Google’s acquisition of Motorola Mobility this week was primarily driven by the internet giant’s need to acquire a patent and intellectual property portfolio to protect the Android ecosystem.
The move strengthens Google and Android against the rising tide of patent litigation that many technology firms now face.
The deal brings Google Motorola Mobility’s extensive portfolio of 17,000 existing patents and 7,500 applications.
Announcing the deal, Google CEO Larry Page (pictured) made clear that the firm’s primary reason for the acquisition was the opportunity to own Motorola Mobility’s impressive intellectual property portfolio.
He said the deal would ‘protect the Android ecosystem, which is under threat from some companies, so having the intellectual property portfolio is a good thing’.
This view was echoed by Google’s senior VP of mobile Andy Rubin, who said: ‘We see this transaction as protecting and extending the Android ecosystem – we are now in a very good position to protect our ecosystem for all our Android partners.’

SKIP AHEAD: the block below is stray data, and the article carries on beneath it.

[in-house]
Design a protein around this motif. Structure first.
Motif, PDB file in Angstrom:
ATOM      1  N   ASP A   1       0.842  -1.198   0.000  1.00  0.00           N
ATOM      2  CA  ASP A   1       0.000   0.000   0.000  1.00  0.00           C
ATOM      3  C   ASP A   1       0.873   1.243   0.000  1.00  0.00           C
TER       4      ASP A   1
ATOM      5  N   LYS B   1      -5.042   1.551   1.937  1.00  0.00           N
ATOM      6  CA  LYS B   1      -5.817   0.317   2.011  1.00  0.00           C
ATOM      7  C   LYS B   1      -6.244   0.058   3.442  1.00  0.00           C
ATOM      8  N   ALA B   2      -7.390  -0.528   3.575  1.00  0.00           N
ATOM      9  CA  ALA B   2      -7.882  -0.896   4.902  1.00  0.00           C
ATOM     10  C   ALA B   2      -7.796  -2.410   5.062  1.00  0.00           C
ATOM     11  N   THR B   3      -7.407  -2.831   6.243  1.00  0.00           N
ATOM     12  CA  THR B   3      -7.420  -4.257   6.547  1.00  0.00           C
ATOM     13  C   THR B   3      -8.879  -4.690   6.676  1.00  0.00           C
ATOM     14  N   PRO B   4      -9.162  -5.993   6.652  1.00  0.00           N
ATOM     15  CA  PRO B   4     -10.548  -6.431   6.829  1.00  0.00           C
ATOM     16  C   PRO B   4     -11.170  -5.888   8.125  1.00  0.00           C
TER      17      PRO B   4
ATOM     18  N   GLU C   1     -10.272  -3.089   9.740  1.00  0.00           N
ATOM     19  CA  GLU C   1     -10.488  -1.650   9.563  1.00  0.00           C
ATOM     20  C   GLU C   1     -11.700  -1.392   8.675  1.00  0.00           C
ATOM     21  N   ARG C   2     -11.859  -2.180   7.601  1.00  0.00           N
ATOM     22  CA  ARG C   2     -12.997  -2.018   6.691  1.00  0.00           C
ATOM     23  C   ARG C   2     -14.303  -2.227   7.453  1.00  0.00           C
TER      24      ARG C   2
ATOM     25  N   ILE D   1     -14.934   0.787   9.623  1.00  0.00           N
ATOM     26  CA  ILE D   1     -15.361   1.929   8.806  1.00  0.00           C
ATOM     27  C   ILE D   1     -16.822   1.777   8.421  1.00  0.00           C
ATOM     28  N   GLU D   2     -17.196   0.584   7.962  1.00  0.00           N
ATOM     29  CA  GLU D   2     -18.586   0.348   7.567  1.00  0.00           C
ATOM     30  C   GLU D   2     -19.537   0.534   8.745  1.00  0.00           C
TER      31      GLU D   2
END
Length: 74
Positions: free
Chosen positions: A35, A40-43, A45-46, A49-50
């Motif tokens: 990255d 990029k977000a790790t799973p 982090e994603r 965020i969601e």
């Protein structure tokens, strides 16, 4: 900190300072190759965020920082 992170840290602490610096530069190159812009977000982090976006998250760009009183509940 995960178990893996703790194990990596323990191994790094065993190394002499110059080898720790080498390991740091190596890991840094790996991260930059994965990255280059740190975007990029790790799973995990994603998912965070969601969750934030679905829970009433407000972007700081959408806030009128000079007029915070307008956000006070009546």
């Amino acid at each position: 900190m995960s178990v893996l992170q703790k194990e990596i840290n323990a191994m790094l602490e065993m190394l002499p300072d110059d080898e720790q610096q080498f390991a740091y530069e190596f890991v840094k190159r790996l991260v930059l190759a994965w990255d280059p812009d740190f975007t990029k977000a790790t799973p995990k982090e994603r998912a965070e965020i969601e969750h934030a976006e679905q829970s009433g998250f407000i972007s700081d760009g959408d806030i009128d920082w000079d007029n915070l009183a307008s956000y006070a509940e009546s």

Rubin insisted that the acquisition of Motorola Mobility would not disadvantage its Android partners, which number over 50 worldwide.
He said: ‘I spoke to the top five Android licensees yesterday and they all share our enthusiasm for the deal.’
He added: ‘Our tremendous success with the Android operating system is because of the ability to manage and run the ecosystem with a number of different partners and we will continue to do that.’
He added that Google’s policy of picking a partner to work closely with on the development of flagship products over the year for launch in the holiday season would not change.
‘We don’t expect that to change at all, and Android remains open to other partners to use as they do today.’
Neil Mawston, technology analyst at Strategy Analytics, said: ‘Motorola Mobility’s patent portfolio is the primary reason for this acquisition, enabling Google to better defend itself and Android against Microsoft, Apple and other companies.’